Rationale 35: To prevent misuse and to maintain a safe ward environment.
Rationale 36: To maintain patient safety.
Rationale 37: To prevent post administration hypoxia.
Rationale 38: To minimise the risk of cross infection.
Rationale 39: To ensure equipment is in good working order.
Rationale 40: To ensure that there is an adequate supply within the hospital.
Rationale 41: To ensure there is an adequate supply on the ward.

References

Anderson CT, Zeltzer LK and Franurik D (1983). Pain in Infants and Adolescents. Williams & Wilkins: Baltimore.

BOC Medical Gases (1995a). Entonox: the non-invasive patient controlled analgesia - suggested protocol. BOC: Surrey.

BOC Medical Gases (1995b). Entonox Datasheet. BOC Medical: Manchester.

BOC Medical Gases (2015). Entonox: the essential guide. [Accessed 12.04.16]. 

Bruce E, Franck L (2000). Self-administered nitrous oxide (Entonox) for the management of procedural pain. Paediatric Nursing 12(7): 15-19. [Accessed on 12.04.16]

Evans JK (1995). Analgesia for the reduction of fractures in chilren: a comparison of nitrous oxide with intramuscular sedation. Journal of Pediatric Orthopaedics 15: 73-77. [Accessed on 12.04.16]

Henderson J M (1990). Administration of nitrous oxide to patients provides analgesia for venous cannulation. Anesthesiology 72(2): 269-71. [Accessed on 12.04.16]

Hennrikus WL, Shin AY, Klingelberger CE (1995). Self-administered nitrous oxide and a hematoma block for analgesia in the outpatient reduction of fractures in children. J Bone Joint Surg Am 77 (3): 335-9. [Accessed on 12.04.16]

Howard R., Carter B., Curry J., Jain A., Liossi C., Morton N., Rivett K., Rose M., Tyrrell J. & Walker S. (2012). Good practice in post operative and procedural pain management. Paediatr Anaesth 22:s1, 1-79.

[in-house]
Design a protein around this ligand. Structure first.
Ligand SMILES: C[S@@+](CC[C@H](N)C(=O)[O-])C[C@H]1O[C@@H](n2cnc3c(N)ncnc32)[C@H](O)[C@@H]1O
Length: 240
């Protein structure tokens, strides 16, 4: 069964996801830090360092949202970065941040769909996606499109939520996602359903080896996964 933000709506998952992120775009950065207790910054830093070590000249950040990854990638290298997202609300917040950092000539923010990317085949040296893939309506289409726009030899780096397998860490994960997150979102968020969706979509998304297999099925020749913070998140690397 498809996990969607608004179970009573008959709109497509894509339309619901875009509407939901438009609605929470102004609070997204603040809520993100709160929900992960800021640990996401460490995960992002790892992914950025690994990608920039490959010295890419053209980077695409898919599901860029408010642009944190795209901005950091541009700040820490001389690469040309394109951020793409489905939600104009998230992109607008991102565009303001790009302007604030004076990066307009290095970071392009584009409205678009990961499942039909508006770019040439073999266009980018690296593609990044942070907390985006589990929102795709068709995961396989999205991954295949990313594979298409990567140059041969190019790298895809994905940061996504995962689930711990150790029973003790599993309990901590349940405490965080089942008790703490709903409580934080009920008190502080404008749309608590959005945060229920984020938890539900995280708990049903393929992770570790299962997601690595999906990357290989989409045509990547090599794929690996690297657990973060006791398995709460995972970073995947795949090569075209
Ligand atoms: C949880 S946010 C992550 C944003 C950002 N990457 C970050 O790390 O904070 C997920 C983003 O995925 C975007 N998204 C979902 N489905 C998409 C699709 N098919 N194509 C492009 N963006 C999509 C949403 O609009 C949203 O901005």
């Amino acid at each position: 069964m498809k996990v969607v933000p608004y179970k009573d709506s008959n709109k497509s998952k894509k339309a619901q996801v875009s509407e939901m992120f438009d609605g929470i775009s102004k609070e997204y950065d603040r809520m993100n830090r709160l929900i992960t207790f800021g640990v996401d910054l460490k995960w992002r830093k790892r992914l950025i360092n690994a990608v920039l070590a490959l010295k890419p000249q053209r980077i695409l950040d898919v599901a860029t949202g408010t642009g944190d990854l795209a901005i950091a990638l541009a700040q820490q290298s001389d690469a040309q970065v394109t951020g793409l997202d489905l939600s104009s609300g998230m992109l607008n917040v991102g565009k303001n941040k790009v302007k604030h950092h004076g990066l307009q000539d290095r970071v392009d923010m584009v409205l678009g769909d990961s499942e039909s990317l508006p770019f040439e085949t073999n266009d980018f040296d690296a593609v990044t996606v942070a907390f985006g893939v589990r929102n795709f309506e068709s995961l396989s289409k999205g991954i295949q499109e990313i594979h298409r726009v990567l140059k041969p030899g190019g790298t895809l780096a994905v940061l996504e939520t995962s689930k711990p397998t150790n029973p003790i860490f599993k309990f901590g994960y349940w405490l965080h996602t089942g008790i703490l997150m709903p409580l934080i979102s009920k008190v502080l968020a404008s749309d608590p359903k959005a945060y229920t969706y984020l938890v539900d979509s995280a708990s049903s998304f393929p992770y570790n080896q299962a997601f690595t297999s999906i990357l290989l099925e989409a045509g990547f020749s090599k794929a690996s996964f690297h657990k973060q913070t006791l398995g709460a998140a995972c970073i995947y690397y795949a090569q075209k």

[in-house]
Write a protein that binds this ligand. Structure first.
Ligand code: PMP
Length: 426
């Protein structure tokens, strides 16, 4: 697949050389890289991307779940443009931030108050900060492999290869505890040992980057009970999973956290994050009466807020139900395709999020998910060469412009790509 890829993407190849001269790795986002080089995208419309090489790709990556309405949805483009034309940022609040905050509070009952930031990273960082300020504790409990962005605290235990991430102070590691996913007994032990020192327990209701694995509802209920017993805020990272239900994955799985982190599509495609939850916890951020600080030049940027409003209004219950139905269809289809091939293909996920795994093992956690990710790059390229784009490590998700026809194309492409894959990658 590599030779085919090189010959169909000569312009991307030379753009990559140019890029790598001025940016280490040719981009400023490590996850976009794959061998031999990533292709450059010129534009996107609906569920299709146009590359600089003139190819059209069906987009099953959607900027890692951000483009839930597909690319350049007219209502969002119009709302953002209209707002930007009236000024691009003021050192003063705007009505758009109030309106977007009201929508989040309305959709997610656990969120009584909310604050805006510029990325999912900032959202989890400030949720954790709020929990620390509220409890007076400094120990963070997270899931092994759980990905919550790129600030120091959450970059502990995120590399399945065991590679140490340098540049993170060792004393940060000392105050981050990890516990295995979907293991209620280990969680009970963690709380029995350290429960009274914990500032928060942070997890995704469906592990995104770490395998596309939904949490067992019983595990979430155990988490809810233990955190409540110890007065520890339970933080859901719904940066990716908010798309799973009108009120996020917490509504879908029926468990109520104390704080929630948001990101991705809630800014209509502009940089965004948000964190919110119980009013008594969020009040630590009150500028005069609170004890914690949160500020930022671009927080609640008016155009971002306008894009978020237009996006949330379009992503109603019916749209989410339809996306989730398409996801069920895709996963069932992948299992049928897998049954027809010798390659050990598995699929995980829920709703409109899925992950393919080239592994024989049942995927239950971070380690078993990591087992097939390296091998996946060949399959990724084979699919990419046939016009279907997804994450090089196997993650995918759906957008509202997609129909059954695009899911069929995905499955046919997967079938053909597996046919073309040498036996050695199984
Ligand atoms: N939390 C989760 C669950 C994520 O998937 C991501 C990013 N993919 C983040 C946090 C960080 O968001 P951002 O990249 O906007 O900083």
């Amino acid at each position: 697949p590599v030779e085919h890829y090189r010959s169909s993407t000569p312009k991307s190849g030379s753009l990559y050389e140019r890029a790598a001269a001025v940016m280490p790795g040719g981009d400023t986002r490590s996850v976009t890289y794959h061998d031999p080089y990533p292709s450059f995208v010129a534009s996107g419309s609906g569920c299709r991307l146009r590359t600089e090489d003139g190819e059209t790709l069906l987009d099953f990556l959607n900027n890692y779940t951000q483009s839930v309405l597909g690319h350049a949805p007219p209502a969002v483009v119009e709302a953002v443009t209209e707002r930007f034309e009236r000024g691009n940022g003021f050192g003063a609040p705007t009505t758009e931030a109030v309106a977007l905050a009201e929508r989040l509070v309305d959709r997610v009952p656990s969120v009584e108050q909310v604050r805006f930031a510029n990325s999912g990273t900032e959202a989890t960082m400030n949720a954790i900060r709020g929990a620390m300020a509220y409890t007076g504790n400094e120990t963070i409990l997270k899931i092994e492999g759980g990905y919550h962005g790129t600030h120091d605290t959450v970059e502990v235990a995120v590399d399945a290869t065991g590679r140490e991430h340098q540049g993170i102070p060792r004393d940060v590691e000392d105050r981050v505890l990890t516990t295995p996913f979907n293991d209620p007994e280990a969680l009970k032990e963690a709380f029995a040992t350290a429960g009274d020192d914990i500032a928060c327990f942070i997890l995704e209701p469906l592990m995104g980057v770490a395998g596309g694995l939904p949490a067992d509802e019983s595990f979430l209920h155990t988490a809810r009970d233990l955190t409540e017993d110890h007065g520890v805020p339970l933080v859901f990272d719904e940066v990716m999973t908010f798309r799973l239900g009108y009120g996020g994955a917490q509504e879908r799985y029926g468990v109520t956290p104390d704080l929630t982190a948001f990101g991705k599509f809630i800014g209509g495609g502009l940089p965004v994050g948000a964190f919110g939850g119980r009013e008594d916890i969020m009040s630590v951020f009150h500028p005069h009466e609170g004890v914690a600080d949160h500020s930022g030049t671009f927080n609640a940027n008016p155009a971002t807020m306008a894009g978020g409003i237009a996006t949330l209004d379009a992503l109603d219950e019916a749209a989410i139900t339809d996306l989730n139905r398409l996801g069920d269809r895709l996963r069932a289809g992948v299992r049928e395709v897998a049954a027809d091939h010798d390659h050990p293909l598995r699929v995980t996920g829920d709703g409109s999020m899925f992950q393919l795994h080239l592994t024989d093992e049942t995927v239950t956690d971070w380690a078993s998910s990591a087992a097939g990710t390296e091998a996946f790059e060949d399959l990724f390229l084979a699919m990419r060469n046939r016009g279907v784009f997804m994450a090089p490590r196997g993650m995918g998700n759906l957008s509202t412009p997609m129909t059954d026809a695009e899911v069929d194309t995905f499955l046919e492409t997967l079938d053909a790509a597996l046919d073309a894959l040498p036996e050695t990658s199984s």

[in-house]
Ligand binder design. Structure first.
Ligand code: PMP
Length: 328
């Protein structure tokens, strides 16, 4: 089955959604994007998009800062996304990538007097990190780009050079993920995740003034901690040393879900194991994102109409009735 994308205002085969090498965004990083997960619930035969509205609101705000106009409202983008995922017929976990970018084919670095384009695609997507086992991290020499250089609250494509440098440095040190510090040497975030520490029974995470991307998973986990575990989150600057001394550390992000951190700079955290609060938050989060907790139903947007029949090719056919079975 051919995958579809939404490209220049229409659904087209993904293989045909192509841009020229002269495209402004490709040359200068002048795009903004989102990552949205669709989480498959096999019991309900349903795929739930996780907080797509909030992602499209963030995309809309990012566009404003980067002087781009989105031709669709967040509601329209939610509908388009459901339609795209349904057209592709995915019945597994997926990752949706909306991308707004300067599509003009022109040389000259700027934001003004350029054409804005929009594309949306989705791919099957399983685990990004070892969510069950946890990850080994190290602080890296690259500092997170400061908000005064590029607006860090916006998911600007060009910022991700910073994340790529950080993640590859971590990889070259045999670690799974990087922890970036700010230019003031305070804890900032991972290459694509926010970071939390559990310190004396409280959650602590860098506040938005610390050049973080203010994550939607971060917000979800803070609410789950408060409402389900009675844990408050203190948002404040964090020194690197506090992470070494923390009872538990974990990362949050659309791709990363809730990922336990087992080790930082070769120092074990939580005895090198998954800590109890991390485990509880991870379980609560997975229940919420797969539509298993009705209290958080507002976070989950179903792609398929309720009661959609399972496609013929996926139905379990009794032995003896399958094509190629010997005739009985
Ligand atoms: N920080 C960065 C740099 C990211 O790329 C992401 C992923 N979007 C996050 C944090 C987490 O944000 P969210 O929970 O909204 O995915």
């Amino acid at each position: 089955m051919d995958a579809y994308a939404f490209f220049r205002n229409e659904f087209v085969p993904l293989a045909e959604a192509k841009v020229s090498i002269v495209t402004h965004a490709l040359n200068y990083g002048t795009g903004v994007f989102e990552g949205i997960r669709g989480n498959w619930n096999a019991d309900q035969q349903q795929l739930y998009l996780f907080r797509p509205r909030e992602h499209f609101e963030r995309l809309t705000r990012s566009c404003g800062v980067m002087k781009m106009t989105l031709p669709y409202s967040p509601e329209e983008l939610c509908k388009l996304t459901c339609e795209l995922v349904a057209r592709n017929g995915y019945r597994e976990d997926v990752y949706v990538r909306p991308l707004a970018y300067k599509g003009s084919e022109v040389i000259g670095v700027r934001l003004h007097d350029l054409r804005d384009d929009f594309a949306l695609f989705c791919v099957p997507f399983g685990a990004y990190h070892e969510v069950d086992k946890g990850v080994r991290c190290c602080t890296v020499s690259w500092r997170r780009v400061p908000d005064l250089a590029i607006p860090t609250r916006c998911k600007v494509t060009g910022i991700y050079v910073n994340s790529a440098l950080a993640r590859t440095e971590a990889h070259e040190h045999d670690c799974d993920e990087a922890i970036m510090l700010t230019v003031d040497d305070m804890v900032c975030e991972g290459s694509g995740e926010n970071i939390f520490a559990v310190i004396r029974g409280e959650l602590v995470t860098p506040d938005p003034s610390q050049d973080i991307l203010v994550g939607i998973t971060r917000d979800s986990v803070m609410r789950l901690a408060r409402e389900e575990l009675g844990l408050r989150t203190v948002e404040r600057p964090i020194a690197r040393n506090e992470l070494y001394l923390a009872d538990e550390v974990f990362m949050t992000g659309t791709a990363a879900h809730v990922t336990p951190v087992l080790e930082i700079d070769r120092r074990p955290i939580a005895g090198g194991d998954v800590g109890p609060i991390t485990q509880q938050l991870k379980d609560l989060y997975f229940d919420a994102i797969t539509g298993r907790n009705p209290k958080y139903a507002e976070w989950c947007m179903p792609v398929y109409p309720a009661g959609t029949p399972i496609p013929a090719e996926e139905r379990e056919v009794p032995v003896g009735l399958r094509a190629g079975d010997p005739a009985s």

National Institute for Health and Care Excellence (NICE) (2010). Sedation in under 19s: using sedation for diagnostic and therapeutic procedures. [Accessed on 12.04.16].

Paediatric Formulary Committee (2016). BNF for Children (online). London: BMJ Group, Pharmaceutical Press, and RCPCH Publications [Accessed on 12.04.16]

Document control information

Lead Author(s)

Judy Peters, Clinical Nurse Specialist, Pain Control Service
Liz Robinson, Clinical Nurse Specialist, Pain Control Service

Additional Author(s)

Dr Richard Howard, Lead Consultant, Pain Control Service

Document owner(s)

Dr Richard Howard, Lead Consultant, Pain Control Service

Approved by

Guideline Approval Group

Reviewing and Versioning

First introduced: 
01 February 2003
Date approved: 
11 April 2016
Review schedule: 
Three years
Next review: 
11 April 2019
Document version: 
5.0
Previous version: 
4.0